Sibling tensions rule in "Apples & Oranges"
"Apples & Oranges: My Brother and Me, Lost and Found" by Marie Brenner Farrar, Straus and Giroux, 268 pp., $24 This is a book about...
Special to The Seattle Times
Marie BrennerThe author of "Apples & Oranges" will discuss her book at 6:30 p.m. Wednesday at the Douglass-Truth Library, 2300 E. Yesler Way, Seattle. Free. For more information, go to www.spl.org or call the Elliott Bay Book Co. (206-624-6600).
"Apples & Oranges:
My Brother and Me,
Lost and Found"
by Marie Brenner
Farrar, Straus and Giroux,
268 pp., $24
BOOK REVIEW |
This is a book about a brother and sister who didn't like each other much.
Can't blame them; neither is very likable.
But the book?
In "Apples & Oranges: My Brother and Me, Lost and Found," Marie Brenner puts heavy demands on her readers but rewards them in the end. There are generations of family squabbles to keep track of, abbreviated chapters and staccato language that obscure the story, and leaps through years and decades that require mental time travel to follow.
But there is a story, a sad one, that provides food for thought for anyone who has ever struggled to get along with someone close to them — sibling, parent or friend.
But you may struggle first with the Brenner siblings. Marie Brenner, writer at large for Vanity Fair magazine, rarely lets you forget that she could drop all this nonsense with her brother at any time and run off to Afghanistan, Paris or someplace else, where she'd be onto the Big Story in a New York minute. She's dismissive of her brother Carl's girlfriends, and her observations on how people dress in the Pacific Northwest, where much of the book takes place, are chilly: "Where do these people get their clothes?"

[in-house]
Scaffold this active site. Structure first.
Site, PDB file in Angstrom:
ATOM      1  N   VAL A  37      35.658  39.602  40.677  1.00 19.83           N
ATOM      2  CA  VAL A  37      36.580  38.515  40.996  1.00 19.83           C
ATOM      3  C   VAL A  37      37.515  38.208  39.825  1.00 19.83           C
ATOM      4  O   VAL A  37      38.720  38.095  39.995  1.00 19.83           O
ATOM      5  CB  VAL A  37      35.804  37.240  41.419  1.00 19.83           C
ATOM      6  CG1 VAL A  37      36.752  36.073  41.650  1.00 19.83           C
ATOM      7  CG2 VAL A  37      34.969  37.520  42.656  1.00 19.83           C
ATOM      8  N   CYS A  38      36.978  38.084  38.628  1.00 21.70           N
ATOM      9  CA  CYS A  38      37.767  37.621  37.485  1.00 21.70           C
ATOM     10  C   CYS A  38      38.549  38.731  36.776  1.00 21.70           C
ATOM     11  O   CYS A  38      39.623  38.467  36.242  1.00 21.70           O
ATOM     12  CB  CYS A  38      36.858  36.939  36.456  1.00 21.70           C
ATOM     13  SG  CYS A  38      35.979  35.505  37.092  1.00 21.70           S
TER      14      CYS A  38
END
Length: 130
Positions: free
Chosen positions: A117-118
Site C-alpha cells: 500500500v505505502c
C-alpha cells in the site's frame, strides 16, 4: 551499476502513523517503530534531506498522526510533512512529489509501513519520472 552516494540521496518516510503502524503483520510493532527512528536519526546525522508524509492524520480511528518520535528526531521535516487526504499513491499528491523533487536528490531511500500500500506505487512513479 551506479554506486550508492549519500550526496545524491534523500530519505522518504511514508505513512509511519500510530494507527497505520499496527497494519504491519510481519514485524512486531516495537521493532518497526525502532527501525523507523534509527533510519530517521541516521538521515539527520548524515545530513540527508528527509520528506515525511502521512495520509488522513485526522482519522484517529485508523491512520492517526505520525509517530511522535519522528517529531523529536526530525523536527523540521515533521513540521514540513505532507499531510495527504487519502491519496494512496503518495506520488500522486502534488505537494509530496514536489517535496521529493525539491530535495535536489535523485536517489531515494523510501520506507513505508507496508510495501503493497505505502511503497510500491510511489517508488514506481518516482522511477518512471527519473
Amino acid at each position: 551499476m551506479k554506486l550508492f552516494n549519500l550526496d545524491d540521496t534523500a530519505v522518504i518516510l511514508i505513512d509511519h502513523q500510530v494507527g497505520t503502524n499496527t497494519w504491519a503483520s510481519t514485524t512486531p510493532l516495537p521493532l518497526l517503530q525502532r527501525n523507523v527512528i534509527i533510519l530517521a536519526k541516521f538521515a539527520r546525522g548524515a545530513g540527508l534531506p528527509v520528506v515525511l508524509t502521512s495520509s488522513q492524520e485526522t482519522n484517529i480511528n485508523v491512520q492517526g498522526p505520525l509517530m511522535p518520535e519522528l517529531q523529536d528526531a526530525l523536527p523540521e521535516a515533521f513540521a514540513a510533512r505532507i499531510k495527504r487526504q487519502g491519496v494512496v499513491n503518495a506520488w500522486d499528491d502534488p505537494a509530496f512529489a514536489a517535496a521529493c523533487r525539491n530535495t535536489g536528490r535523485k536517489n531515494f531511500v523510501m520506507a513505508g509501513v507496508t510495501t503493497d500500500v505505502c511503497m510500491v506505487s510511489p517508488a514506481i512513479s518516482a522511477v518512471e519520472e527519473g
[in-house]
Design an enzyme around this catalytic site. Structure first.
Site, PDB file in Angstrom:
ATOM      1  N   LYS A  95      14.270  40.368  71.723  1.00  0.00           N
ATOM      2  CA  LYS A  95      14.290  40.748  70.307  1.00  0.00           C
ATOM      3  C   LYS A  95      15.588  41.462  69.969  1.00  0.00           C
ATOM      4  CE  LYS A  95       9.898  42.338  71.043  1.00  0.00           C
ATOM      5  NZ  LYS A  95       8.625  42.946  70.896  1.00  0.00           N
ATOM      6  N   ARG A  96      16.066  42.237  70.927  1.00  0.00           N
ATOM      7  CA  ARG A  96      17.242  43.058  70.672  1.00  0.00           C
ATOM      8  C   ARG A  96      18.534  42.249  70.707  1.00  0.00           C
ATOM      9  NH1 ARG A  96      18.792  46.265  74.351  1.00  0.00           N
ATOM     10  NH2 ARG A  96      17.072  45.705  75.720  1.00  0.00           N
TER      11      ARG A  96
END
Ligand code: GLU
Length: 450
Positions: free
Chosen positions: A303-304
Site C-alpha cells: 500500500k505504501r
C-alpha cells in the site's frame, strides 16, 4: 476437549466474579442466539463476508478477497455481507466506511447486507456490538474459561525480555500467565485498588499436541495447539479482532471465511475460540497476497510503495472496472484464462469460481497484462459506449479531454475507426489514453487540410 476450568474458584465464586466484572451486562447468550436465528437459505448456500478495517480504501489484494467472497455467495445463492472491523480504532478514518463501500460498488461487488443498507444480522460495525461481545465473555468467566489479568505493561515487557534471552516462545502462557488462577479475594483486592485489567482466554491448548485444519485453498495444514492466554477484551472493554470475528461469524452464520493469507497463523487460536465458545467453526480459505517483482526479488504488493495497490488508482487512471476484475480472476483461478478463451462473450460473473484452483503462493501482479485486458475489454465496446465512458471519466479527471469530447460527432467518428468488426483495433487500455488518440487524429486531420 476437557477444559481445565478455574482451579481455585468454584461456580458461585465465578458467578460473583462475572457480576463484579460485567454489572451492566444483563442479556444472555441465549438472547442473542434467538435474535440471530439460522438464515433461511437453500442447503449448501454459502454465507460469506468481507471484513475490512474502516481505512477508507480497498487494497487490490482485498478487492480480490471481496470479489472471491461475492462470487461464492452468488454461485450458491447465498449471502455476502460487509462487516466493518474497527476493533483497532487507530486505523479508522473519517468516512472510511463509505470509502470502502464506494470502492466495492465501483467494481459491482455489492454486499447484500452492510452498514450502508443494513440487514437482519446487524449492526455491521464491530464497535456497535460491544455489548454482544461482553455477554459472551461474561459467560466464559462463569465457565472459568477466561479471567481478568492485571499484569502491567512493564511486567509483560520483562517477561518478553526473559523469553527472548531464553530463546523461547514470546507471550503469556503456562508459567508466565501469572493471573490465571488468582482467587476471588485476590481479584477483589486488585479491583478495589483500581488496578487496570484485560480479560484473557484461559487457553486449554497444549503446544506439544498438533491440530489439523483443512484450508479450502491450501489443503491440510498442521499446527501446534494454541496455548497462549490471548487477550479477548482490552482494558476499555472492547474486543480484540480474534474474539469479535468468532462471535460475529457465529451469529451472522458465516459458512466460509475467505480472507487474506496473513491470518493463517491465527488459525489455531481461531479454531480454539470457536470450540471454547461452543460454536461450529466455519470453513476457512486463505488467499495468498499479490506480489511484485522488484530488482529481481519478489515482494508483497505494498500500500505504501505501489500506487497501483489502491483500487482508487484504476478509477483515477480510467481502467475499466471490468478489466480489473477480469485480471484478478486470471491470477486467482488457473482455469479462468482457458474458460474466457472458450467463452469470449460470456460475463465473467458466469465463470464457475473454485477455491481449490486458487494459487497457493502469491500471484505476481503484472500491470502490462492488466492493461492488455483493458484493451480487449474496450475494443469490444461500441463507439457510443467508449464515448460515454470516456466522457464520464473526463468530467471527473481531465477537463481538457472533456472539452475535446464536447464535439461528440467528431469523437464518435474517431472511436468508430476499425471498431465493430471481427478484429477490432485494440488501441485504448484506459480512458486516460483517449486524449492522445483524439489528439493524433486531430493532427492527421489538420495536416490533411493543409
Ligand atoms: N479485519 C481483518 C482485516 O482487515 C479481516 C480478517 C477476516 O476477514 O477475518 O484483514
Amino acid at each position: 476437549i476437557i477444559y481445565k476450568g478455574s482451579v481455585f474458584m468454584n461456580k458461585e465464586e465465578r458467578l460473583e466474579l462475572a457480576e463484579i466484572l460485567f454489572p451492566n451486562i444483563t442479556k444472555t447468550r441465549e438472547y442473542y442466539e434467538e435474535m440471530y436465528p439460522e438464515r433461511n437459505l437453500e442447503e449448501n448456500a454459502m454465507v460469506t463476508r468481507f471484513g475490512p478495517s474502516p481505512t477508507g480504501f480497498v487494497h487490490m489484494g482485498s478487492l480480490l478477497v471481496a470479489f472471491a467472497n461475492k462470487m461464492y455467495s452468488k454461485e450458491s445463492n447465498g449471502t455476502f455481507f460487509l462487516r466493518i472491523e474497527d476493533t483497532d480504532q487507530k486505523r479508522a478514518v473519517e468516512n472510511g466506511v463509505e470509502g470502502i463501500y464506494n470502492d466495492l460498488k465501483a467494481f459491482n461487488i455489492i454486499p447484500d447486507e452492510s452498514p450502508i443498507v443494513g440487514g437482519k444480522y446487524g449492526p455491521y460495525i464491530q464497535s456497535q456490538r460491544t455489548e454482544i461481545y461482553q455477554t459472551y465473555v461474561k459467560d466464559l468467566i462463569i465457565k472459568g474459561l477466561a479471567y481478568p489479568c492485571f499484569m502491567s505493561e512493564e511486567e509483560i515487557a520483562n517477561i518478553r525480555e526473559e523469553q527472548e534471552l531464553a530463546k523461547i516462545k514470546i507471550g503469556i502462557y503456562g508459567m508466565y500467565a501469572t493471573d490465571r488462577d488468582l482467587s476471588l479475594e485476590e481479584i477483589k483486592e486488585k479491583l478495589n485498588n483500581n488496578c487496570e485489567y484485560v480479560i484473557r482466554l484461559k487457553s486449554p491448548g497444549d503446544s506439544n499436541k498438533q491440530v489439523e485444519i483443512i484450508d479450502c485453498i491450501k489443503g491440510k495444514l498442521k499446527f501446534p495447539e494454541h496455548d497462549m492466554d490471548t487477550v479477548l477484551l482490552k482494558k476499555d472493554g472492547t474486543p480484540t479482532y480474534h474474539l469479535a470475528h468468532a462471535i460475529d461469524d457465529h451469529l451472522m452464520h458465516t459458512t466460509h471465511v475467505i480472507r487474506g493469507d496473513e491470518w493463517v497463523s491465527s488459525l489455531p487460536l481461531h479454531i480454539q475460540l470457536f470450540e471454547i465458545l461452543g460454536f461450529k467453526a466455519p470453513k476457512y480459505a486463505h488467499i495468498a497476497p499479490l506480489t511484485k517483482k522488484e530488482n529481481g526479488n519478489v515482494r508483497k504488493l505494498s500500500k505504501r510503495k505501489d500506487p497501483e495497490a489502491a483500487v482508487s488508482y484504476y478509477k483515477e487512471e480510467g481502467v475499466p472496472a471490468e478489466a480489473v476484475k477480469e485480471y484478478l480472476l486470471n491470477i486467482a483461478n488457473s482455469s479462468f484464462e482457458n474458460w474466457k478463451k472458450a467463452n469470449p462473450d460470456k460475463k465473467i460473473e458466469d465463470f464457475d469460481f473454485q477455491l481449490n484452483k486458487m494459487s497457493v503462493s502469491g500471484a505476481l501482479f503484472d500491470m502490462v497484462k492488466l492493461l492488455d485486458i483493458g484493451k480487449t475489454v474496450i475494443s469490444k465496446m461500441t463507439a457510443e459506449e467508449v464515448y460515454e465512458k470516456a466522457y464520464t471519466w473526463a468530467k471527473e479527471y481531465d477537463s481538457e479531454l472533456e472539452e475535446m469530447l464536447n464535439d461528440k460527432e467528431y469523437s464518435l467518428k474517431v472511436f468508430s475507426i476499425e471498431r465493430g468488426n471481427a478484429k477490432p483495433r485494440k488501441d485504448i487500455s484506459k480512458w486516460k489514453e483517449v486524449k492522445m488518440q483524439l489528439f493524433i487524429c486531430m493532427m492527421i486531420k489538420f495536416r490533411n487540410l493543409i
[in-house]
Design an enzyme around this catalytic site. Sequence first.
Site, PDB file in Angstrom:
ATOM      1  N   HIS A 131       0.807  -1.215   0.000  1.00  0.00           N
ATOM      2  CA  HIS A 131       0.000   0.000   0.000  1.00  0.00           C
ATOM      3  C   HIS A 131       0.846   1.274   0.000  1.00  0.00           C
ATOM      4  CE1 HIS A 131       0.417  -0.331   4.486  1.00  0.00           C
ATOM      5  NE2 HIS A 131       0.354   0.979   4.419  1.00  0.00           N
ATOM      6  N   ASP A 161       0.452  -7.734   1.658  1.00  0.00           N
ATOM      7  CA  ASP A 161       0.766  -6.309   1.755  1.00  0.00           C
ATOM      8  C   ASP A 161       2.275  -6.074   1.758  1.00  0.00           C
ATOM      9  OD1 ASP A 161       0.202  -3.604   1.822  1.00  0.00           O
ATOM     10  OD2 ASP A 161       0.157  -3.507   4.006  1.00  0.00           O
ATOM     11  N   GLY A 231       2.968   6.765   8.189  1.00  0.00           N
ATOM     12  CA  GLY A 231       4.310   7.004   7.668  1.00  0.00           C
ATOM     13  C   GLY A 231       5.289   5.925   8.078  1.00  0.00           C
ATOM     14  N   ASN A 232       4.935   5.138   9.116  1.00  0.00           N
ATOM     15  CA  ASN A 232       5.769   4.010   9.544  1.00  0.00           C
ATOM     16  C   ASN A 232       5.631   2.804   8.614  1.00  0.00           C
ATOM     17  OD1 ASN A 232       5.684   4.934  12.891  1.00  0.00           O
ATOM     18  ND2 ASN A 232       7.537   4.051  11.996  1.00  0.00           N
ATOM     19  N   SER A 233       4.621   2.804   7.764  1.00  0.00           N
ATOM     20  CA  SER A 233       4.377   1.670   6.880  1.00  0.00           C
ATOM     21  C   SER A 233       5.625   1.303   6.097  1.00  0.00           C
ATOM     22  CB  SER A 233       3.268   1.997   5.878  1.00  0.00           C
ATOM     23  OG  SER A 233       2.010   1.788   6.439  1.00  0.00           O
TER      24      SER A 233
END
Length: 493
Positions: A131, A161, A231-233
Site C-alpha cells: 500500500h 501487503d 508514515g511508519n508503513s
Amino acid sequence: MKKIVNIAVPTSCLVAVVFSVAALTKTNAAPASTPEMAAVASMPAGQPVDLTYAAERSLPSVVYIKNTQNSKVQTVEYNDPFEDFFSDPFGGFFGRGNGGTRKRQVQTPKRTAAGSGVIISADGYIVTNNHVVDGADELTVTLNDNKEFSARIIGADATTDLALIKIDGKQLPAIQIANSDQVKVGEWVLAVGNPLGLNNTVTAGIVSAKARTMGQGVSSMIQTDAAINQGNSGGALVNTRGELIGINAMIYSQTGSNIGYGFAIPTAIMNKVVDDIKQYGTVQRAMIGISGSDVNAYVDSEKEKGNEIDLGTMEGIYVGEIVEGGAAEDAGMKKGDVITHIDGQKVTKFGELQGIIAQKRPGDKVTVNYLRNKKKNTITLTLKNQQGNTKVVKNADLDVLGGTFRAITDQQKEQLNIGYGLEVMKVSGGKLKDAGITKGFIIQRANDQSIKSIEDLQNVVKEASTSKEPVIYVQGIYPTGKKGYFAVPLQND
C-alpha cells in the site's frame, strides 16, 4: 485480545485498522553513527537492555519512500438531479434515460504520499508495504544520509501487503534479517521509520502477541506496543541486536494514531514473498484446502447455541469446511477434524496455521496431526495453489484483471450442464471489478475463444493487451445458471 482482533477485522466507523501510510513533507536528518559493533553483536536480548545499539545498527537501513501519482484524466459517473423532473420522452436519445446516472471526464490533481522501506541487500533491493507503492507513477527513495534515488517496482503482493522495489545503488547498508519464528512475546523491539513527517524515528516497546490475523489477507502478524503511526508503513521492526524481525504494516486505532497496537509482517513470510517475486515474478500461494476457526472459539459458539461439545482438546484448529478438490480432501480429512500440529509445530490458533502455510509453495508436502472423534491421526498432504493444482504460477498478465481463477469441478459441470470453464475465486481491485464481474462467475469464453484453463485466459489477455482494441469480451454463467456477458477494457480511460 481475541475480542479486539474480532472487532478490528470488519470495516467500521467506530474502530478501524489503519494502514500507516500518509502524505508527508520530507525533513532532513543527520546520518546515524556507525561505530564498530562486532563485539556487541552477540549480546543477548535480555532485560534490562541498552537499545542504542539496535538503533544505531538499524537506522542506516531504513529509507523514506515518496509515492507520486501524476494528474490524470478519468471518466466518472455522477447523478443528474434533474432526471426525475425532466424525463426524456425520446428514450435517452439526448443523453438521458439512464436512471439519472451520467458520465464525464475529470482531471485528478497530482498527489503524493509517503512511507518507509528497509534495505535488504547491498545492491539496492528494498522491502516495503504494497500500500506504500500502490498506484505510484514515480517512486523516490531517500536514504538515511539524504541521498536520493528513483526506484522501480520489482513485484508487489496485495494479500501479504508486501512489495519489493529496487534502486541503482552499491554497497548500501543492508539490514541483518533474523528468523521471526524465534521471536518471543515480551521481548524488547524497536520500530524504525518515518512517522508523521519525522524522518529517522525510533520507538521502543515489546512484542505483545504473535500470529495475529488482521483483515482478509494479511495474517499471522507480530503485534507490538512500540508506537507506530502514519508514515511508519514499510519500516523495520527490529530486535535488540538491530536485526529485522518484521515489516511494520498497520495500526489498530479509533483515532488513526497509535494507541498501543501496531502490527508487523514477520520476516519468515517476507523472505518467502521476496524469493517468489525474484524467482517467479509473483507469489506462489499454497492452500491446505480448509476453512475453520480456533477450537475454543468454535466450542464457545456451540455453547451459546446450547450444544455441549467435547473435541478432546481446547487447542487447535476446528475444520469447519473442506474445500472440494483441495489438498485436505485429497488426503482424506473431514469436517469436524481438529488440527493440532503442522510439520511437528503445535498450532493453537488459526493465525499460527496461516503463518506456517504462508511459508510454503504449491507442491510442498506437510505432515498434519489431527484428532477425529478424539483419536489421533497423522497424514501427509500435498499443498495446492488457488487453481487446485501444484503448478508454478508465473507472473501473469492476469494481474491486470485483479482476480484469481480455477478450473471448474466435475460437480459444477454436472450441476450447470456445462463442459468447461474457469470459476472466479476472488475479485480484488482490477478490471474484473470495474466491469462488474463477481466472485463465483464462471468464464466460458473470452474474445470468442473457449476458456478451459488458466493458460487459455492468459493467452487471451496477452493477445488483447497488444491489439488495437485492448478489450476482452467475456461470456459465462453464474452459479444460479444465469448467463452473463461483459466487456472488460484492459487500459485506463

She presents Carl — successful trial lawyer until, at the age of 40, he decides to start growing fruit in Washington state — as a know-it-all always demonstrating superior knowledge, an obsessive neat freak endlessly organizing records, railing against the "irresponsible profession of yellow journalism" and trying to control the outcome of everything.
She was three years younger than Carl, and things weren't right between them from the moment he welcomed his baby sister home by pushing her out a window. She listened to Joan Baez albums; he joined the John Birch Society and smashed her records. In their mother's last moments, she was just around the corner, but he — and the rest of the family — neglected to notify her and had already sent the body to the funeral home before she showed up.
She carries her animosity toward him into adulthood, but add terminal illness to the mix and things can change — which is what happens in "Apples & Oranges" and ultimately pulls the story together and gives the book its depth.
And as for controlling the outcome of everything? The choices for Carl are limited, all leading to the same tragic ending.
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